SUNDAY PROFILE

Li Cunxin clears away the mystery surrounding Emperor Liu He, who ruled 27 days, one brush stroke at a time

PUBLISHED : Saturday, 06 August, 2016, 11:01am
UPDATED : Saturday, 06 August, 2016, 10:14pm

LI CUNXIN, a researcher with the Institute of Archaeology with the Chinese Academy of Social Sciences (CASS), was part of the expert team excavating the Marquis Haihun mausoleum. He shares the thrills and trepidation his colleagues felt as they unearthed the tomb and ascertained its owner, Marquis Haihun, also known as Liu He. Li spoke with WENDY WU.

What is the most exciting part for you during the excavation of the cemetery of Marquis Haihun?

The evacuation is the largest archaeologic discovery in two decades in China, and it turns out to be the best-preserved royal tomb from the West Han Dynasty (202BC – AD8). More than 10,000 relics have been discovered since 2011, including gold coins, jade and bronze items, over ten tonnes of Wuzhu bronze coins and more than 5,000 bamboo slips with Chinese characters.

We found a jade seal in Liu He’s remains in the main coffin, bearing the inscription “Liu He”. It is the most persuasive proof that the owner of the tomb was Liu He, the first Marquis Haihun who was also grandson of Emperor Wu, the most famous ruler of the West Han.

The findings may help decode the life of Liu He, who ruled the empire only 27 days, the shortest reign in the dynasty, before he was dethroned by a royal clan member who criticised Liu He as lacking competence and morals. According to historical records, Liu He carried out 1,127 follies in less than one month. He was banished to what is now the current outskirts of Nanchang, capital of Jiangxi province, and given the title Marquis of Haihun. There are several ways to interpret “Hai”. It could refer to an area of water, here, possibly Boyang Lake. “Hun”, literally sunset, could mean the west of the lake. Liu He, ill-fated, became emperor at 19 and died at 33.

What is the latest progress in discovering the Han dynasty crypt?

We discovered the north and east gates of the cemetery which covers over 40,000 square metres. There are eight tombs and one chariot burial in the cemetery. The academy sent a six-member team to the site of the Marquis Haihun cemetery. We are trying to locate the south and east gates and the wall surrounding the cemetery. A national laboratory costing 30 million yuan (HK$35 million) was set up there. It has an area of 1,000 square metres and has a constant temperature and humidity, allowing for better reservation. Relics unearthed there include jade ornaments, lacquer ware and silk fabrics. We have moved to the coffin in Tomb No 4, and will transfer it to the research institute in Beijing at a proper time in the future. I expect very rich findings inside.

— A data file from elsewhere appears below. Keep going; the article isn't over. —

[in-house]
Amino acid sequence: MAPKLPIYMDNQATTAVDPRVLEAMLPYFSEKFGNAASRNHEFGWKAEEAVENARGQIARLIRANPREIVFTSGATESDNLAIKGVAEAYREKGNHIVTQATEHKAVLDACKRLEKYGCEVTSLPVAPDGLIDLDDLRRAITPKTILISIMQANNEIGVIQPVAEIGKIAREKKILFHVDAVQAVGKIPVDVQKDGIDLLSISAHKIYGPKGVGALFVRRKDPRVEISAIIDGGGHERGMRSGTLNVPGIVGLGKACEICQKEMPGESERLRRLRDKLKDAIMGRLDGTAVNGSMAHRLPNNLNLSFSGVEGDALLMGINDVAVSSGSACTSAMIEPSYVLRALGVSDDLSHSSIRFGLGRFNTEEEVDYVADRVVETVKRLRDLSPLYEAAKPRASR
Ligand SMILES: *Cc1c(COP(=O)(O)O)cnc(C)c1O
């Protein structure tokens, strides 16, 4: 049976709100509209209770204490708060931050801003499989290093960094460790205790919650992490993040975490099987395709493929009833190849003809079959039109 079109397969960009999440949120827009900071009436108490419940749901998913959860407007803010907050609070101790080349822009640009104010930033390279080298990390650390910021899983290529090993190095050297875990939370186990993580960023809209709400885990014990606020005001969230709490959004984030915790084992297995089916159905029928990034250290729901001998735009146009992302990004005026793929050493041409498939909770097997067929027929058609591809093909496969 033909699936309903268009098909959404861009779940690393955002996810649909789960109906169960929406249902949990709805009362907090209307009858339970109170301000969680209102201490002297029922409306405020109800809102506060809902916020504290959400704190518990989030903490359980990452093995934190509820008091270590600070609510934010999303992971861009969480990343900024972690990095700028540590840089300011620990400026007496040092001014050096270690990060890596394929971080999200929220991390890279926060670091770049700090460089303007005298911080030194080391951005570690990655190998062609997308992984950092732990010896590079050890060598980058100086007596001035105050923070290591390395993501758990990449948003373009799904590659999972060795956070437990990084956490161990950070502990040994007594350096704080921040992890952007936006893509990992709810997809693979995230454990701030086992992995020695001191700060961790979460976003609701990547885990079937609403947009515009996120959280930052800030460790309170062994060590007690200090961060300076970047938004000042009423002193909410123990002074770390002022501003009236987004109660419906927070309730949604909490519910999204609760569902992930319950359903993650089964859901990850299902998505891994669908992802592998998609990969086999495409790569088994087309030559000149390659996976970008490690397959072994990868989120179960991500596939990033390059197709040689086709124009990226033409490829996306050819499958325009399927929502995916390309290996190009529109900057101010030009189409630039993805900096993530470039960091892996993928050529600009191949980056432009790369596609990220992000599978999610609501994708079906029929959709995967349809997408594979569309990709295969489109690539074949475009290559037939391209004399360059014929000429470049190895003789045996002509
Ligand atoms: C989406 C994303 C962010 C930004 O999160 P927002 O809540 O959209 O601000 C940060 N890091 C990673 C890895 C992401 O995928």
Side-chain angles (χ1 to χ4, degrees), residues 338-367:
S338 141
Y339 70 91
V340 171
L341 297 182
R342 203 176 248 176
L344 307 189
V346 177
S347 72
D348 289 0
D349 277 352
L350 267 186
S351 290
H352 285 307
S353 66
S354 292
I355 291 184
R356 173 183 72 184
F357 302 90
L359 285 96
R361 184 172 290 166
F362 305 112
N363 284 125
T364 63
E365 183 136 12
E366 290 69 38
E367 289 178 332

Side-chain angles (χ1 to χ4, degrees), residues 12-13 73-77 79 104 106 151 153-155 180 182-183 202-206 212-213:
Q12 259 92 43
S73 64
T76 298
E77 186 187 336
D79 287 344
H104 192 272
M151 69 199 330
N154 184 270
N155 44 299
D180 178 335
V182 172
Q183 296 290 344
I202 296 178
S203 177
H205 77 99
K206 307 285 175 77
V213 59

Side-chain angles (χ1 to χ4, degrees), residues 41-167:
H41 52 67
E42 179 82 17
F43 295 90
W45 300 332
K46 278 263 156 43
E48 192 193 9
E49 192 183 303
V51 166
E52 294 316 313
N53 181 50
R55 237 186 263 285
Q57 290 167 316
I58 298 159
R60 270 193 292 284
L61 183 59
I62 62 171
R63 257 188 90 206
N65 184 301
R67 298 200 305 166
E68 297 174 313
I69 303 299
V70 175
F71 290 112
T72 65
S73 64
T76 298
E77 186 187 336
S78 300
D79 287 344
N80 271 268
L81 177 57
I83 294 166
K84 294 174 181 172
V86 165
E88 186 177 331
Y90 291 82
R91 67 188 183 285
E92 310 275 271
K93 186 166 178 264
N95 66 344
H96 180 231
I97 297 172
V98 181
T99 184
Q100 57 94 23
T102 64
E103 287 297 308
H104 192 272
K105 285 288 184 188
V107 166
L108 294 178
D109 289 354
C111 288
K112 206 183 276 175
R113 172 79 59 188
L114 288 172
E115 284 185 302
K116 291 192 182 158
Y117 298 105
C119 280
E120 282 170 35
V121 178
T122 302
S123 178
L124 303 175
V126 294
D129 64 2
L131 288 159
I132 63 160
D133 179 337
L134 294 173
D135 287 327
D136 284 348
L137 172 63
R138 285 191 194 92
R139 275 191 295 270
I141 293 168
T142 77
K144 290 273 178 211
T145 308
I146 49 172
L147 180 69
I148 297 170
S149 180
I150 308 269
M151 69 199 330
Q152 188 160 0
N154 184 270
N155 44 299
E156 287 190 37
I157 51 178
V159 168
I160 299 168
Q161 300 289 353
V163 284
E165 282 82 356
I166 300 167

We moved the interior coffin of Liu He into the laboratory in December last year. We were a bit worried about the weather as it had rained for quite some time. But we were very lucky to have a clear, blue sky on the day of the transfer. Teeth were found inside and we sent two back to the technology centre of our agency and Fudan University in Shanghai as well for DNA tests. The tests are aimed at uncovering any disease Liu He suffered and causes of death. We are stilling waiting for the results.

The structure of the cemetery is unclear. Except for five tombs inside that have not been excavated, affiliated areas holding relics of tomb guards need to be discovered. Further funds are expected to be deployed for further discovery in the area. There are still questions remaining, such as what is the meaning of the characters on the gold coins and why were sunflower seeds found in his stomach remains.

What are the challenges confronted archaeology in China?

The State Administration of Cultural Heritage forbids unearthing the tombs of emperors and marquises. It is mainly because the current archaeological techniques and preservation methods cannot completely satisfy requirements once the findings buried beneath the earth for thousands of years in isolated conditions are exposed. We cannot rush and we need patience to improve the archaeological methods. There is high risk that those findings would deteriorate or be ruined amid sharp changes in temperature and humidity.

It is inevitable that some information or relics were lost once the exterior part of Liu He’s coffin was opened at the excavation site without proper protection.

However, tomb raiders have remained a high risk for us. They are often the reason for official rescue-style excavations of ancient tombs, including the Marquis Haihun and another discovery in Xuyu in Jiangsu province, the tomb of Liu Fei, also known as Jiangdu Imperial, the half-blood brother of Emperor Wu.

I have been occupied with archaeology for more than 30 years and I carried out evacuation projects of tombs that have robbed by raiders. During the excavation, I do not make assumptions and do not assume how many questions I can solve. I just concentrate on discovering and collecting relics, offering material evidence for archaeological and historical research as much as I can.

What is your plan over the coming years?

I have participated in the project since 2012 and focused on laboratory archaeology, such as how to better unearth relics and preserve them. We have signed an agreement with the Jiangxi archaeology institute so our participation in the excavation of the tomb will last until 2017.

Besides the Marquis Haihun project, I have also participated in an project in Inner Mongolia to discover the ethnic origins of the Mongolians. Since 2013 we have unearthed about 20 tombs which can be traced back to the Tang dynasty (618–907). There had already been many small Mongolian tribes before the establishment of the Yuan dynasty (1162–1227), and we are trying to identify the location of the tribes.